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Paperwork & Bureaucracy

This page includes information about obtaining work visas, permits to the UK. (not relevant for EU citizens?)

Note that if you are not British then you will have a lot of trouble with bureaucracy. But since you didn't accept the job for that reason then you're likely to be prepared for that anyway. I previously lived in Holland for 18 months before the UK. Things were tough there, but they're tougher here. You basically don't exist until the moment that you arrive in the UK. I had agencies refuse to help me with housing for the first 6 months. It was difficult to open a bank account. You have no credit history and it will not be possible to get a credit card for some time. I had doctors surgeries tell me that they couldn't add me to their books until I had been in the country for 6 months. In the meantime you're supposed to go to the hospital - and I'm from a country where you only go to the hospital in an EMERGENCY! etc.

The British can appear reserved but if you tell them that you work for the University, they tend to fall over themselves to help you. If they find out that you're a "Doctor" too..... Both of these things are incredibly helpful when searching for housing! smile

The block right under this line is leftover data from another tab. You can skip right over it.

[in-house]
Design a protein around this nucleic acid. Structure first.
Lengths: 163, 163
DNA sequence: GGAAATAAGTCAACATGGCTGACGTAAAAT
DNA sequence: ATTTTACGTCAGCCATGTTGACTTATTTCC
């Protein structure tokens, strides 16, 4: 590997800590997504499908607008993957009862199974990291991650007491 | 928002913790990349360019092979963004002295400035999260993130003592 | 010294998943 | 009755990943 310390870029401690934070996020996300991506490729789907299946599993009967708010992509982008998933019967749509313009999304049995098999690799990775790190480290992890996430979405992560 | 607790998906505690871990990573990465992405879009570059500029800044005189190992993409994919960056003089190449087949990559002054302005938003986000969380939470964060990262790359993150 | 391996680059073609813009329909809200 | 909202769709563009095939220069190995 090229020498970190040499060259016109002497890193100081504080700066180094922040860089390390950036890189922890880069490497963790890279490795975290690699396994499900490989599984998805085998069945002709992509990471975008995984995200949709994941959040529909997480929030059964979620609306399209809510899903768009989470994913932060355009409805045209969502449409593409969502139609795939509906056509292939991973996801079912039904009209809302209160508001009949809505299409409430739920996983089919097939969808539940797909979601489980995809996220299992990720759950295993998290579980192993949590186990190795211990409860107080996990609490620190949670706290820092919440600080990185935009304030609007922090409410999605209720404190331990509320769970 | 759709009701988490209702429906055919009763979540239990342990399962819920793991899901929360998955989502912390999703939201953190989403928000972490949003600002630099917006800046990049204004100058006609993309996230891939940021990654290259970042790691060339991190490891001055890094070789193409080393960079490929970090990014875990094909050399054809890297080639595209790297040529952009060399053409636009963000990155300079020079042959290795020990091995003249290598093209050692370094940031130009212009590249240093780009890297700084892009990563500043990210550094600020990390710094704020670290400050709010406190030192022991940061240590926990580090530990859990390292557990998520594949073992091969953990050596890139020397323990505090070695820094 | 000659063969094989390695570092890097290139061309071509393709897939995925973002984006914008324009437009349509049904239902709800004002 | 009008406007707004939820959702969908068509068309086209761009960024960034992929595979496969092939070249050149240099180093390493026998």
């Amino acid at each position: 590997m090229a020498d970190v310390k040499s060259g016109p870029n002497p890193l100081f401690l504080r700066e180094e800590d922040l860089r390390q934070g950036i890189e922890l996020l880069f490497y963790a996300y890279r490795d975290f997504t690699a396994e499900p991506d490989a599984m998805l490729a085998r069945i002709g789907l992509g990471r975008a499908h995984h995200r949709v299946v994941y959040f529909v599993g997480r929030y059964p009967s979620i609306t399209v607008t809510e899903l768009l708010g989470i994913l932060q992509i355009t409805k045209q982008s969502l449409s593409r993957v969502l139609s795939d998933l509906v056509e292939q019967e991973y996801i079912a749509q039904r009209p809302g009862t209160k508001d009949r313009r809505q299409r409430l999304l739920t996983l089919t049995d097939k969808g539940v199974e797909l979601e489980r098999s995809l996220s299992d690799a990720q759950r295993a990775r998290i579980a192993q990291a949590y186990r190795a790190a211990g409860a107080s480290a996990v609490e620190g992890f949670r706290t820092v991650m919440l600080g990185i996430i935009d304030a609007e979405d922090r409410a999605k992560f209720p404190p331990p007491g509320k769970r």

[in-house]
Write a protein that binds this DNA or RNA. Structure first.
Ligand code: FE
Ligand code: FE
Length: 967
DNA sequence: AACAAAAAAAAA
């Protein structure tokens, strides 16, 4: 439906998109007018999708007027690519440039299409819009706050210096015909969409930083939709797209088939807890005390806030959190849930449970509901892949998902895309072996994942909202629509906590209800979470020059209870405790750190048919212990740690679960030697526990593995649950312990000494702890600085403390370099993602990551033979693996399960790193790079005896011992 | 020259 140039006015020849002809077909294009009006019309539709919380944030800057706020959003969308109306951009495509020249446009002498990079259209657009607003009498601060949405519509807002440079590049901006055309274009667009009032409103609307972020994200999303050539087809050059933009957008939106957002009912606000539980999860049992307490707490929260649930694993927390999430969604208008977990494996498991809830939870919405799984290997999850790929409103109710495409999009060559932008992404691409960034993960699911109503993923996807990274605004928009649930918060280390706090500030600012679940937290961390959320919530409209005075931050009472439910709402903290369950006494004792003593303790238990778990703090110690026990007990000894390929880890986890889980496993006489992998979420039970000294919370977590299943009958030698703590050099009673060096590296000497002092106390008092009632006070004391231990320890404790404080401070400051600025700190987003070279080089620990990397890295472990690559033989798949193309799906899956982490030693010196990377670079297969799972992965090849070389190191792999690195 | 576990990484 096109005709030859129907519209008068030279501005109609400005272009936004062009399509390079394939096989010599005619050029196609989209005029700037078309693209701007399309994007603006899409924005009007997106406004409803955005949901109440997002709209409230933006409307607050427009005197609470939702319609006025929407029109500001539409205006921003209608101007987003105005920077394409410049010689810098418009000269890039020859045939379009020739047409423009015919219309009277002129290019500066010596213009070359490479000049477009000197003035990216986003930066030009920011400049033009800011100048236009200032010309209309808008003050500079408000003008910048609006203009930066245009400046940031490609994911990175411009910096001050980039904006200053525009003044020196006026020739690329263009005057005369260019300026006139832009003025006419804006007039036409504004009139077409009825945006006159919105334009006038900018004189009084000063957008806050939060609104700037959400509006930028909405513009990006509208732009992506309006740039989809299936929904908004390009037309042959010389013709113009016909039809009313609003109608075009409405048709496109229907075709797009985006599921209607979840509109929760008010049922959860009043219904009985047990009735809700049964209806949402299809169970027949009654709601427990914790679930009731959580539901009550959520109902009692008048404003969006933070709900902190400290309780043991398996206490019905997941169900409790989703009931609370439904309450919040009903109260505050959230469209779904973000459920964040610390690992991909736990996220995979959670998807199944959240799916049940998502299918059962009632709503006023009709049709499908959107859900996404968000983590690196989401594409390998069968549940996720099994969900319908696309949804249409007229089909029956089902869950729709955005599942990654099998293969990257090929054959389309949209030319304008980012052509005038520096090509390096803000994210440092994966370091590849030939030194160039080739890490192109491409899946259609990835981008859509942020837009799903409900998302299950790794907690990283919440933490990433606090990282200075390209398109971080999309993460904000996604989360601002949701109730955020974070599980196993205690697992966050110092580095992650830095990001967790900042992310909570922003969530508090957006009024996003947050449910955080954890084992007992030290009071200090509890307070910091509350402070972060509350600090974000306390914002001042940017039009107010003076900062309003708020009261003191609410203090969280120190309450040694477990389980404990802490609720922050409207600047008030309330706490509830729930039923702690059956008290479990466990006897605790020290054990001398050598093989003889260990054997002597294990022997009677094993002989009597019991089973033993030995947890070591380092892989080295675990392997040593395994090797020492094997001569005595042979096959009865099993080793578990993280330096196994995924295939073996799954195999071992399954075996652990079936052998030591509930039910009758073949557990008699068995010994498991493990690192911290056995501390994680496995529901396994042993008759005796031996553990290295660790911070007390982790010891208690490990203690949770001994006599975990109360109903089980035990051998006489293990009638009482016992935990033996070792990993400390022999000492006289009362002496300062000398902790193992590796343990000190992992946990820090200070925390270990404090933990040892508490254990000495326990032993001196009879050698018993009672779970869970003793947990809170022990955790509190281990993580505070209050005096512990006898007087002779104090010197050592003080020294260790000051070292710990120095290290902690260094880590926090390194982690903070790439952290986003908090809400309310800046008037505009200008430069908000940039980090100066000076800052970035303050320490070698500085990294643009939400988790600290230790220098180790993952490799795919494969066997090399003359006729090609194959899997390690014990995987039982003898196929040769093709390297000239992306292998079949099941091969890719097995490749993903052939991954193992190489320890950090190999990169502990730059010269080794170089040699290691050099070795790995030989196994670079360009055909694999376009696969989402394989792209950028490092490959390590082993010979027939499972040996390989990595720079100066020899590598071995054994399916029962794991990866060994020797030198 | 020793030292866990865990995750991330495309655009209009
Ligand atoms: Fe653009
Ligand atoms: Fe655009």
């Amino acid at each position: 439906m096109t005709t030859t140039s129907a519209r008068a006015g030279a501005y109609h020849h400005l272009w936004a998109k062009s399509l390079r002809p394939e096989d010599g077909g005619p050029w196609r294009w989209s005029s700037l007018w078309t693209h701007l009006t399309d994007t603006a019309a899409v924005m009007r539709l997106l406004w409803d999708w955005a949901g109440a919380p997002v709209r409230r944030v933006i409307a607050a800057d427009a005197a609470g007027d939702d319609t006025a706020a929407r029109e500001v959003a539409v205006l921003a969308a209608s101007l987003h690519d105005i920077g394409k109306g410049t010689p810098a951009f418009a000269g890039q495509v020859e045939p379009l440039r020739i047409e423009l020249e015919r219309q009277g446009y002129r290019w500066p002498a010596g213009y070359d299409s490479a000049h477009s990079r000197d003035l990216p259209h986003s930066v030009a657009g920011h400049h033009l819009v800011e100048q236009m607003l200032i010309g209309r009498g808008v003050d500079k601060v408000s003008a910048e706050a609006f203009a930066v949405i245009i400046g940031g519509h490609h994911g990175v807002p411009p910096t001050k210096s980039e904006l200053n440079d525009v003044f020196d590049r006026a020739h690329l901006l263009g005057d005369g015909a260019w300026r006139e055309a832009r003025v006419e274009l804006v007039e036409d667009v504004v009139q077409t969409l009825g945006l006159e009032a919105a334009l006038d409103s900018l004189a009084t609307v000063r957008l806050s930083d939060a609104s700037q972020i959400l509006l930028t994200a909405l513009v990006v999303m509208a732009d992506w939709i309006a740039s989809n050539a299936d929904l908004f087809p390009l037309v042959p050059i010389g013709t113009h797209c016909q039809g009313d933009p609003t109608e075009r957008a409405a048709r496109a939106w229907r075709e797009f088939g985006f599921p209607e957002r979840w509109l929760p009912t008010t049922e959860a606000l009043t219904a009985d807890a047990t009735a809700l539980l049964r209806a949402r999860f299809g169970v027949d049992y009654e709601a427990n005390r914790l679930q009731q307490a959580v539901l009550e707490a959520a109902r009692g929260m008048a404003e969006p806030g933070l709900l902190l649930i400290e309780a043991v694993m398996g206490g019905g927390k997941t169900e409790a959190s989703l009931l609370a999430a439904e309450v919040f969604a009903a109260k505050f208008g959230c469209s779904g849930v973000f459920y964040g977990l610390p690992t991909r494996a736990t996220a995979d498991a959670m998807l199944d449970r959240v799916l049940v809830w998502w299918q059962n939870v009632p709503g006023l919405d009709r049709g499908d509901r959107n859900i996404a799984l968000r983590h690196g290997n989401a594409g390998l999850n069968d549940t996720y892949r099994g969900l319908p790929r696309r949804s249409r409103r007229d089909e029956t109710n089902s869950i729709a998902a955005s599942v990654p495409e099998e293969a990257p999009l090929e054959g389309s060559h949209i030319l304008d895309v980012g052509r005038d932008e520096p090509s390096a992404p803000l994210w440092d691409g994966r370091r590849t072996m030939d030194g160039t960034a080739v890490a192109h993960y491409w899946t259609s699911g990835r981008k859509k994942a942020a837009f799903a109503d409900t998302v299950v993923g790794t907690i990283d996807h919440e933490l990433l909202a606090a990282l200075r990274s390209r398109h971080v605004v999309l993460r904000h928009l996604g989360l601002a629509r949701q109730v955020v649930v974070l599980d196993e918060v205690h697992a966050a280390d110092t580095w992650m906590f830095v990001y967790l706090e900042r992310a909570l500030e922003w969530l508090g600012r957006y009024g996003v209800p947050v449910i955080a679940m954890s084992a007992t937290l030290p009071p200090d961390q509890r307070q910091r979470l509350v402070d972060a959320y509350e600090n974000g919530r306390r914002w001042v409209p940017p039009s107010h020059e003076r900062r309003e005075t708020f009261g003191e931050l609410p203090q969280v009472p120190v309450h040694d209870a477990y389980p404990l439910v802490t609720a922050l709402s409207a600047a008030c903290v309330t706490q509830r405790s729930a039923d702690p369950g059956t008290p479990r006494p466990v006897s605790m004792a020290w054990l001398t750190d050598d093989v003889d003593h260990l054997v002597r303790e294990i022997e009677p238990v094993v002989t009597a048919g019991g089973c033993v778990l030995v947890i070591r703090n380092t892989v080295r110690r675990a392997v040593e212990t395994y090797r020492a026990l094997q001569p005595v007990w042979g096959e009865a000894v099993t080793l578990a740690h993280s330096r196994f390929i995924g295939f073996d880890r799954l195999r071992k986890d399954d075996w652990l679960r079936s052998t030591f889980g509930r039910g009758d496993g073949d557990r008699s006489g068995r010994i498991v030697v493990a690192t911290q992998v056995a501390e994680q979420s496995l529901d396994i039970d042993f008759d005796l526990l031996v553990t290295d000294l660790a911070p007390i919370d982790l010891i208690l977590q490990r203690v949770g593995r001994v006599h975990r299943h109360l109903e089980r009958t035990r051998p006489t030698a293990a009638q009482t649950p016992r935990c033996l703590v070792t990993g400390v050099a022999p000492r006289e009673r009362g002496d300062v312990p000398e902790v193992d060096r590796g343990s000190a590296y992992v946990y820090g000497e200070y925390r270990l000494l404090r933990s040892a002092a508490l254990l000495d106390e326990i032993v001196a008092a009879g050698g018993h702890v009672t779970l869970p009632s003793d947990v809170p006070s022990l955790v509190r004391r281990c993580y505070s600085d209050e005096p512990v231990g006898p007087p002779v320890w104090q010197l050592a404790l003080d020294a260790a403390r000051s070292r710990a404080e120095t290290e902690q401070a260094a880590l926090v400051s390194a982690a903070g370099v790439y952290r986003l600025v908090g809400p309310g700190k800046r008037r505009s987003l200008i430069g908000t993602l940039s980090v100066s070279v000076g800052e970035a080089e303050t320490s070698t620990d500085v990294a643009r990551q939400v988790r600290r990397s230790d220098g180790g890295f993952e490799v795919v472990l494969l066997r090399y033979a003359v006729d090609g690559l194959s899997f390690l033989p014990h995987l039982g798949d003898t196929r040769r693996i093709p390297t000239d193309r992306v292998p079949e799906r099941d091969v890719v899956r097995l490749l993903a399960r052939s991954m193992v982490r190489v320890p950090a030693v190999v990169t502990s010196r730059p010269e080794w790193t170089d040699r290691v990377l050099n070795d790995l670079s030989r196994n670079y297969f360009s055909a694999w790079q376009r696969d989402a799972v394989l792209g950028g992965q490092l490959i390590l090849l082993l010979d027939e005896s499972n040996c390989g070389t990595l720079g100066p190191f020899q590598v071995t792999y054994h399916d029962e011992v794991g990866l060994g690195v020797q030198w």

Prior to your arrival, someone from Northcott House will contact you regarding your appointment here at the Astrophysics Dept.

Work Permits:

This is typically organised on your behalf. For postdocs they will require proof that you have a PhD?. If you're like me and on your second postdoc and your PhD? is in another country completely, they will accept a letter from your old University stating that you have a PhD?. They will also require a photocopy of your passport etc. But they will tell you all of the information/proof that is required of you.


Most non-EU citizens will need an entry visa into the UK if you wish to work. In order to obtain this visa you will need your work permit. In my experience (Australian living in Holland), I called the British embassy who told me to call the British consulate who told me to apply on-line. I filled out all the necessary paperwork online and was then given an appointment time. They will also give you a list of things that you are required to bring with you. DON"T forget anything because you will have wasted your travel time and it will delay everything.

I showed up at the British consulate in Amsterdam for my appointment and waited for about 4 hours until they got to me, then 20 minutes later I was done with my sticker in the passport and on my merry way.

This may not be your experience, so check with your local British Embassy or Consulate.

Entering the UK for the first time